‘The army and the people are one hand’
Thousands of protesters flocked to the centre of Abbassiyah in a mass show of support for Egypt’s ruling military, just kilometres away from a competing demonstration in Cairo’s Tahrir Square.
The Cairo neighbourhood of Abbassiyah lies just nine kilometres from Tahrir Square, both areas boast a vibrant mix of street vendors, eclectic shops and colonial-era buildings featuring balconies that overlook the organised chaos below.
For several hours on November 25, however, Abbassiyah and Tahrir stood worlds apart, divided over the question of the military’s role in a transitioning Egypt.
Several thousand protesters bearing gigantic Egyptian flags flocked to the centre of Abbassiyah on Friday in a mass show of support for the country’s ruling Supreme Council of the Armed Forces (SCAF).
The voices of those who back the SCAF have largely been overshadowed by the thousands, who are demanding an immediate end to military rule in Egypt.
Friday’s protest was no exception, taking place at the same time as an anti-military rally attended by far greater numbers in Tahrir. Despite the discrepancy in numbers, demonstrators in Abbassiya appeared determined to make up for the void with the sheer power of their chants. “The army and the people are one hand,” they yelled in unison, to the background harmony of drum beats and car horns bleating in agreement.
Protesters filled every inch of free space beneath the Abbassiyah bridge in the centre of the neighbourhood, standing atop cars and lining up on highway overpasses and rooftops to shout their support of the SCAF.
“Where is Al Jazeera,” they chanted, “the Egyptian people are here.”
The message of the rally, protesters said, was to show the world that Tahrir does not represent all of Egypt.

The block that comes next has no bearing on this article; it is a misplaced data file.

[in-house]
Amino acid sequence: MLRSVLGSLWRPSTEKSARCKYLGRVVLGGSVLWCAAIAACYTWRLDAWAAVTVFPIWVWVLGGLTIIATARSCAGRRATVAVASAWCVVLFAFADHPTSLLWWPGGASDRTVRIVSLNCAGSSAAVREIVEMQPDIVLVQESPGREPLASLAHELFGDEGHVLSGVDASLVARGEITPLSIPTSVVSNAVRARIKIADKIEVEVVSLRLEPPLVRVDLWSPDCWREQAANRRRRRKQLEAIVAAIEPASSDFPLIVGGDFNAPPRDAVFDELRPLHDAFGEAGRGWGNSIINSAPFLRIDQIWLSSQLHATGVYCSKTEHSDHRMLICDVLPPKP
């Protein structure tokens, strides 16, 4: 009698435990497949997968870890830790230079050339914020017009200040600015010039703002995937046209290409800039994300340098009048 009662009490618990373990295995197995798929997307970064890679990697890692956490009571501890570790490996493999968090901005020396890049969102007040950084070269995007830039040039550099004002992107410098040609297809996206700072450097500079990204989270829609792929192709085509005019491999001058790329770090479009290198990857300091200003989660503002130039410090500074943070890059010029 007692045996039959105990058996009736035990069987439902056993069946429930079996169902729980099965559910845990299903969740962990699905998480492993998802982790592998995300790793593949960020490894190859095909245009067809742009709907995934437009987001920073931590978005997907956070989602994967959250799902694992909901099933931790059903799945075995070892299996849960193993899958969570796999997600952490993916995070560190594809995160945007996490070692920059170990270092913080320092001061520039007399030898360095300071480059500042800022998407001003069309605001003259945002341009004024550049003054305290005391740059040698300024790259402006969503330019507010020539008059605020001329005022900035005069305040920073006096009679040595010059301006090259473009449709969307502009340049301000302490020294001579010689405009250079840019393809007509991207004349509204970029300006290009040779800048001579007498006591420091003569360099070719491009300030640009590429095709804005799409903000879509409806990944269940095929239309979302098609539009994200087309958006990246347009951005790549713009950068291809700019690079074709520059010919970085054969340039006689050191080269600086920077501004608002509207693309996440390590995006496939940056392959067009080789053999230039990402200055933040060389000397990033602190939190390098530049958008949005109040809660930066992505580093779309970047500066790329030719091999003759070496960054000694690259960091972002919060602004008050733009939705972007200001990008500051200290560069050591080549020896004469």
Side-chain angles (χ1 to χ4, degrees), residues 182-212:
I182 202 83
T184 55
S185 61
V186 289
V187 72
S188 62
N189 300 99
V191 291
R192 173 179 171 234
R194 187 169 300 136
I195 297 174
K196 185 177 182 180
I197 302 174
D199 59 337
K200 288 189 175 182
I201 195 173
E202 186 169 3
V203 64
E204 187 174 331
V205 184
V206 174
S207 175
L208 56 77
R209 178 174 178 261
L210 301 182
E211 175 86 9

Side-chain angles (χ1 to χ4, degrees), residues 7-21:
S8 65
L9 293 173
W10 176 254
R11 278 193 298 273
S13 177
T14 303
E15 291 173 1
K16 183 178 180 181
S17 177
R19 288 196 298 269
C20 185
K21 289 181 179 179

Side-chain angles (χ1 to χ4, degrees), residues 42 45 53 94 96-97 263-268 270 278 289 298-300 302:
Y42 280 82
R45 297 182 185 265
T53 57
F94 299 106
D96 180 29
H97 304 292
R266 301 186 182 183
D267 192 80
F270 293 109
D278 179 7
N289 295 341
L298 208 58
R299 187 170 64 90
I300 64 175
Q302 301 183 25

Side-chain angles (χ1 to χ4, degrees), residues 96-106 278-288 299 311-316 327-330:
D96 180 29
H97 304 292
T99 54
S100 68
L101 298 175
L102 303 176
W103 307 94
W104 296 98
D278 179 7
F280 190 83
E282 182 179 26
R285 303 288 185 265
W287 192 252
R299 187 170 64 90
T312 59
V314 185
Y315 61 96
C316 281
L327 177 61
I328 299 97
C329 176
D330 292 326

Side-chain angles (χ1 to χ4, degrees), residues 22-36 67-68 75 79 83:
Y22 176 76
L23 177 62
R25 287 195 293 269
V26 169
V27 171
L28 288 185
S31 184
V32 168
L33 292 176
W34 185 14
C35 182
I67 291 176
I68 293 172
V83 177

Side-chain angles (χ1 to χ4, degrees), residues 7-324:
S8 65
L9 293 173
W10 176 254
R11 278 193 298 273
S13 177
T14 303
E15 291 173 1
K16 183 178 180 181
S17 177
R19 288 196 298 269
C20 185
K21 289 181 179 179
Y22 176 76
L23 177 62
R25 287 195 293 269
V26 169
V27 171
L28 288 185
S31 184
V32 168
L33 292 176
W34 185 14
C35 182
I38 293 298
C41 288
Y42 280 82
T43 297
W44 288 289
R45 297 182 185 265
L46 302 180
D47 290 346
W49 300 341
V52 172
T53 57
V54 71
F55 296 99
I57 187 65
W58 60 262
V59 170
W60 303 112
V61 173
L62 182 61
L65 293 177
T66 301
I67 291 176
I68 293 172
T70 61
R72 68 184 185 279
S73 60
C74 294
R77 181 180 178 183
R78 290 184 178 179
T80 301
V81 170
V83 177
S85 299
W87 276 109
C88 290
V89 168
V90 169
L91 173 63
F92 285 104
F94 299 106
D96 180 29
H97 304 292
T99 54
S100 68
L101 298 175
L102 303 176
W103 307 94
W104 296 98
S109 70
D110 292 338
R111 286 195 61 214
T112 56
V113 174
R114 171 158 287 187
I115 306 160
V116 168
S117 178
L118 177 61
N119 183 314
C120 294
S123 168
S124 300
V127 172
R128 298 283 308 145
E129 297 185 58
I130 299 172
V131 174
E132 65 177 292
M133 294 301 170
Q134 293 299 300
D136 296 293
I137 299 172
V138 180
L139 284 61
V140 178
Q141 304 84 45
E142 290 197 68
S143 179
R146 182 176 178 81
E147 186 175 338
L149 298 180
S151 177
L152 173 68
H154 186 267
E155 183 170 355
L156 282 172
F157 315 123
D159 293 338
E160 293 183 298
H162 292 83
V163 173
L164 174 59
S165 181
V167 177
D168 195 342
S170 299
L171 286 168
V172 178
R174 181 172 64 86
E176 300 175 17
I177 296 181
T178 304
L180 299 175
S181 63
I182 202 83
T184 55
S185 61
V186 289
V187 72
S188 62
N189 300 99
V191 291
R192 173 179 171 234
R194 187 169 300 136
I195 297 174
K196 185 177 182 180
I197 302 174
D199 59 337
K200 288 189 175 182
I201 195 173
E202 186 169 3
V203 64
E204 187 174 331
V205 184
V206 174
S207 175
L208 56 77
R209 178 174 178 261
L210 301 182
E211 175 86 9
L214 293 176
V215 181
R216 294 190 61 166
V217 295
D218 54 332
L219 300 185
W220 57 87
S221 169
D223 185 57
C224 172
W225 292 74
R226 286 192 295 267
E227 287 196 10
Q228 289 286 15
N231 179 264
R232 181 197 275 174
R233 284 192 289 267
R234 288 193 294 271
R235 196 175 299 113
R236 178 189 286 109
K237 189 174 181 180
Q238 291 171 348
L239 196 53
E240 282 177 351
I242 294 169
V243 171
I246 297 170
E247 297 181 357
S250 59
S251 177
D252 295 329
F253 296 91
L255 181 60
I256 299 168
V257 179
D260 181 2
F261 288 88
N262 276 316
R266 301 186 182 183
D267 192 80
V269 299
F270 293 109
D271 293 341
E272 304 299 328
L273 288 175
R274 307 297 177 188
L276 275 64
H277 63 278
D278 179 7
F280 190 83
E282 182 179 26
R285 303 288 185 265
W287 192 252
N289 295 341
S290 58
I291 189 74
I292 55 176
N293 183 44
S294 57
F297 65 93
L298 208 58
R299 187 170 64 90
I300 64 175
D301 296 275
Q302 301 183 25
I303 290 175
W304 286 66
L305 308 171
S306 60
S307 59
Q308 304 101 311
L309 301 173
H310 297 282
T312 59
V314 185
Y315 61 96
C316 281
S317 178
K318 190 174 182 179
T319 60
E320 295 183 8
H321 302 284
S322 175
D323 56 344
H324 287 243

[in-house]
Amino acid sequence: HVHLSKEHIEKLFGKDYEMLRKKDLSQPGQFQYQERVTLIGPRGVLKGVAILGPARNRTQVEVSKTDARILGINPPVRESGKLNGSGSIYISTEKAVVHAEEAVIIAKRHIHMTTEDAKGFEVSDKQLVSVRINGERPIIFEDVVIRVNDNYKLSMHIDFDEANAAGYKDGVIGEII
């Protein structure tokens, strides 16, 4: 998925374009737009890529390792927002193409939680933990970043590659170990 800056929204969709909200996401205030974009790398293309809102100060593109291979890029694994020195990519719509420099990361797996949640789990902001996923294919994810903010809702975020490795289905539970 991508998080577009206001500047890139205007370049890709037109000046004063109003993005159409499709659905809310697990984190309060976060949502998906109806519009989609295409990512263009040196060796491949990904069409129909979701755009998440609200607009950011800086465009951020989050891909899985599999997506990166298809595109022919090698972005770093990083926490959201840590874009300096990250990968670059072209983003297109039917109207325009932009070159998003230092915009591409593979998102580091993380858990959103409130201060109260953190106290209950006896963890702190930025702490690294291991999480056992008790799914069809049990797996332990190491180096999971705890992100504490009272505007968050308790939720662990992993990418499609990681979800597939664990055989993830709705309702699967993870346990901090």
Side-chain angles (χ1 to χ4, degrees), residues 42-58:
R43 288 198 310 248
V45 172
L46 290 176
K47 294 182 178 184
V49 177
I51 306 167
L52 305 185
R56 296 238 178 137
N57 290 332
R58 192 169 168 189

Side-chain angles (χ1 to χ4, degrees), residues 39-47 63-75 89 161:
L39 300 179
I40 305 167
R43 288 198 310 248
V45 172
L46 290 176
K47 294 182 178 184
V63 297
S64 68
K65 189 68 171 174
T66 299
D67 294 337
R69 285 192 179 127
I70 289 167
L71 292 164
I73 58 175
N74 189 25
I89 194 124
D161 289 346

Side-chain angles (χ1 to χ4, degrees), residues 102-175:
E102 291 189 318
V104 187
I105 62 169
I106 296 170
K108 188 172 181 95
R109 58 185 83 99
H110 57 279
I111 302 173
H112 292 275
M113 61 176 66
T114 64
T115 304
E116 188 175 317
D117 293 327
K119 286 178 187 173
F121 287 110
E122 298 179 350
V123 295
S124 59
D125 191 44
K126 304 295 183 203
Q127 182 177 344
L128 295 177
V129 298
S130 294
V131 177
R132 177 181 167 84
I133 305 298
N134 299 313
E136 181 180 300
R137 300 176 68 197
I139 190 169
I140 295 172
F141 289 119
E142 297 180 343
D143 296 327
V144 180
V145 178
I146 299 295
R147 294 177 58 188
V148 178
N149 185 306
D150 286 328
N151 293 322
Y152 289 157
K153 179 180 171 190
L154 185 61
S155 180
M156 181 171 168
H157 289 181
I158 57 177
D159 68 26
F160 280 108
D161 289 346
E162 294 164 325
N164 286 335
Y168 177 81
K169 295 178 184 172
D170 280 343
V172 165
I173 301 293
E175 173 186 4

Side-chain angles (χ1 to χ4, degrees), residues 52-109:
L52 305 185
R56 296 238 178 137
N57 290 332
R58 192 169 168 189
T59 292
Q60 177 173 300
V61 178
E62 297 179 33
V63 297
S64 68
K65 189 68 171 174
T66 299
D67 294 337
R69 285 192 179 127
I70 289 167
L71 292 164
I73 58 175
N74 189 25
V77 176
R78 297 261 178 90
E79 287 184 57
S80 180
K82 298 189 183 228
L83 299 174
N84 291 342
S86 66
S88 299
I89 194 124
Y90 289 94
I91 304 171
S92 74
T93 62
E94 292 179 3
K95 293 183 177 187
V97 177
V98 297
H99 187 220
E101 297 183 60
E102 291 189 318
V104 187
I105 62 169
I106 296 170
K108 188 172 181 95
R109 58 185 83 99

“The people of Egypt stand with our military,” Mohamed Abdul Magid, one of the Abbasiya protesters, told Al Jazeera.
Hoarse from chanting, he added: “Those in Tahrir are only a small number and we will not let them stop our election and democracy in Egypt. We love Egypt and we are the people of Egypt. Tahrir is against Egypt and against democracy.”
As the protest continued, the crowd erupted into cheers when Kamal el-Ganzouri, the man appointed to lead a new national salvation government, addressed a news conference on television.
Ganzouri, a former prime minister under deposed president Hosni Mubarak, called on the nation to give him a chance, adding that he would not have accepted the new position of prime minister if Mohammed Hussein Tantawi, the head of the SCAF, had intended on staying in power.
The message – though largely rejected in Tahrir Square – was welcomed by those gathered in Abbassiya.
And as night fell across the city, the sky above this busy neighbourhood lit up with the spark of red, green and white fireworks with no end to the celebrations in sight.